Jura's Uncompromising Master
Les Grands Teppes & Les Chalasses
A Tale of Two Terroirs
It seems that almost overnight Jean-Francois Ganevat has crossed the threshold from unknown to cult.
We were one of the first U.S. retailers to work with these wines - making what seemed like crazy deals for pallets of his sparkling wines, for cases upon cases of Trousseau, large parcels of his great whites.
We had the run of Ganevat's wines, basically all for ourselves.
Things have changed - Jean-Francois Ganevat has become a cult figure, albeit among a rather impassioned group of wine fanatics. Still, it's worth remembering that at one point just about every blue-chip producer was in this category... think about estates/producers like Clos Rougeard, Huet, Vatan, Fourrier, Raveneau.
And perhaps Raveneau is the most appropriate example, because as with Raveneau, Kermit Lynch is now working with Ganevat. If there's a more official "coronation" to wine world royalty, I'd don't know it.
All the hype, all the gossip and praise from Jura fanatics, the glowing praise and chatter on the wine bulletin boards - well, it's for real: Ganevat is one of the most intriguing and skilled winemakers working today. This is not an exaggeration.
Ganevat is simply a force of nature; he is uncompromising. Here's a person who's against computers and doesn't own one. He handles all business over the phone or fax machine.
It goes without saying that the strength of his personality spills over into his vineyard and cellar work. Ganevat works only 8.5ha and yet makes between thirty-five to forty different wines in a vintage. The yields from his biodynamically tended vines are insanely low - often in the teens or even single digits.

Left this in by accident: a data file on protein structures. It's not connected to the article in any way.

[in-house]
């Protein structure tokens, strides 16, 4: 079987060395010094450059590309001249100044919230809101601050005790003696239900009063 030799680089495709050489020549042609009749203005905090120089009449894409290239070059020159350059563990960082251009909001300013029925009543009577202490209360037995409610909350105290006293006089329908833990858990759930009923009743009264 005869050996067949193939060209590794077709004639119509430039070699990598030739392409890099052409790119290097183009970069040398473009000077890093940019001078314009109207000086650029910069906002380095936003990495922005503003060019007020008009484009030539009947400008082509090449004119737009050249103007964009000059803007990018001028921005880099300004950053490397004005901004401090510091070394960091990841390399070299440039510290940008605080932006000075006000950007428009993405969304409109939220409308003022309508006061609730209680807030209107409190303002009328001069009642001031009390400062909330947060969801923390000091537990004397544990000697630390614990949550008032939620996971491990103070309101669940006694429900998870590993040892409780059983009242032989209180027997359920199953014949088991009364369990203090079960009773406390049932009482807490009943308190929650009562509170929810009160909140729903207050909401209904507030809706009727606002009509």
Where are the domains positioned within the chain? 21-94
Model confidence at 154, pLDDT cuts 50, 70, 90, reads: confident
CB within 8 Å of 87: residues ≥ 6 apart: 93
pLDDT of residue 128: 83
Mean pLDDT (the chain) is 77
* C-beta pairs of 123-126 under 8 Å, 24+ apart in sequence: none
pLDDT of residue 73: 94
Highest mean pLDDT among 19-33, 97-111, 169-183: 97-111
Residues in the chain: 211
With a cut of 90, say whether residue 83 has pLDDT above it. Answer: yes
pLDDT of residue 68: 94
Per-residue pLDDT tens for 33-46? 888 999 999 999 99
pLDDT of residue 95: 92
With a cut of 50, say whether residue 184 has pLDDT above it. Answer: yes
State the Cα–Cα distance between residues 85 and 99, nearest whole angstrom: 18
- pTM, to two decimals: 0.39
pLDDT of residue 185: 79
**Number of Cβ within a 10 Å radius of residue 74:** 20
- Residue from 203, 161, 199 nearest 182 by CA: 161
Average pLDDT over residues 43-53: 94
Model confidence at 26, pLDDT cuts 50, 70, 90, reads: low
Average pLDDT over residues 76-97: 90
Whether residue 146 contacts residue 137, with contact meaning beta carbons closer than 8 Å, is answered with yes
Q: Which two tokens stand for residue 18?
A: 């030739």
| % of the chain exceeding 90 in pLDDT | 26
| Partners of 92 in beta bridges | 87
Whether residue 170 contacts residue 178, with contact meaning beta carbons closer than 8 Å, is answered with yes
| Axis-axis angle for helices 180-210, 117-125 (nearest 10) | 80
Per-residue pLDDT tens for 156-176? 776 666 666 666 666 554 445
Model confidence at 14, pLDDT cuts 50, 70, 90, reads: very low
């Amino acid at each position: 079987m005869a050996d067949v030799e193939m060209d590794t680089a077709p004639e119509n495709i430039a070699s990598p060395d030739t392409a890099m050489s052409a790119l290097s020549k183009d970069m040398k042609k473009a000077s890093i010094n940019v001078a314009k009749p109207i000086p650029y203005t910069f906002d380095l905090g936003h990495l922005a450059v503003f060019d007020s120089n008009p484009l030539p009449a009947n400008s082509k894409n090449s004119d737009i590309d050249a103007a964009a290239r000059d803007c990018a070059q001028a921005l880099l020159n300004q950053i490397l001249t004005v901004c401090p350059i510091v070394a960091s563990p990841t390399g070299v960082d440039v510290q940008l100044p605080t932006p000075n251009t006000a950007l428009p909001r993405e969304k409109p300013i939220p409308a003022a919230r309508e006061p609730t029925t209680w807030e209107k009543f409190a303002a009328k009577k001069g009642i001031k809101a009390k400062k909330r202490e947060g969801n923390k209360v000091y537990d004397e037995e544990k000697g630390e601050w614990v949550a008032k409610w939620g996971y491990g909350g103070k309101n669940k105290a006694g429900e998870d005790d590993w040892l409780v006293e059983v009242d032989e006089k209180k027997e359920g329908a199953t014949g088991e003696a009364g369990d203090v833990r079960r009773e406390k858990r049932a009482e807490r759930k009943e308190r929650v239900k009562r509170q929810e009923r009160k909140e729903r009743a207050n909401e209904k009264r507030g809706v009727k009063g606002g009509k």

Today, we explore the wisdom of Ganevat's micro-plot bottling with his two finest terroirs, Chardonnay Les Chalasses and Chardonnay Les Grands Teppes. These bottlings represent subtle changes in soil type - Grands Teppes is a white marl plot and Chalasses is a blue marl plot.
Like much of Ganevat's holdings, these represent very old vines. Chalasses includes a sizeable portion of Chardonnay vines that date from 1902; Grands Teppes boasts Chardonnay vines from 1919. Both wines show intense concentration that results from the combination of old vines and low yields and yet, for all their density they show a finesse, a vigorous acid backbone.
Of the two sites, Chalasses is the more elegant, direct and precise. Grands Teppes in contrast is a wine of depth and power. Chalesses tends to show gentle shadings of spicy herbs and medicinal roots; Grands Teppes leads with stone fruits and sweet herbs. Both wines are animated by moss-strewn notes, minerals and layered notes a marmalade of various citrus fruits.
Trying to decide which of Ganevat's many wines is most impressive has always impressed me as futile. The winemaking here is just too rigorous and the lineup is too strong. However, Ganevat's work with Chardonnay is very, very compelling and without peer in the Jura. These are wines of regal intensity and decided soil expression. One has to suspect that Ganevat's working in Burgundy for a decade with Pierre Morey before returning to his familiy's domaine is at least partially responsible.
This is an immensely fascinating domaine and it's unfortunate that there's not enough space to convey its originality and conviction. You're encouraged to look here for a better sense. For now, let's just say that it's very heartening to see that Ganevat has the ambition to pursue wines of such rigor and quality in such an obscure corner of the wine world as the Jura.
An unfortunate result of Ganevat's recent celebrity is that these wines are even more limited than in the past. When you do the math (very low yields, multiple bottlings and only 8.5ha) you can imagine just how tight availability is. Please give us your maximum order, and we'll do our best to allocate fairly.
To order, please email us at firstname.lastname@example.org or call the store at (212) 980-9463.
Crush Wine & Spirits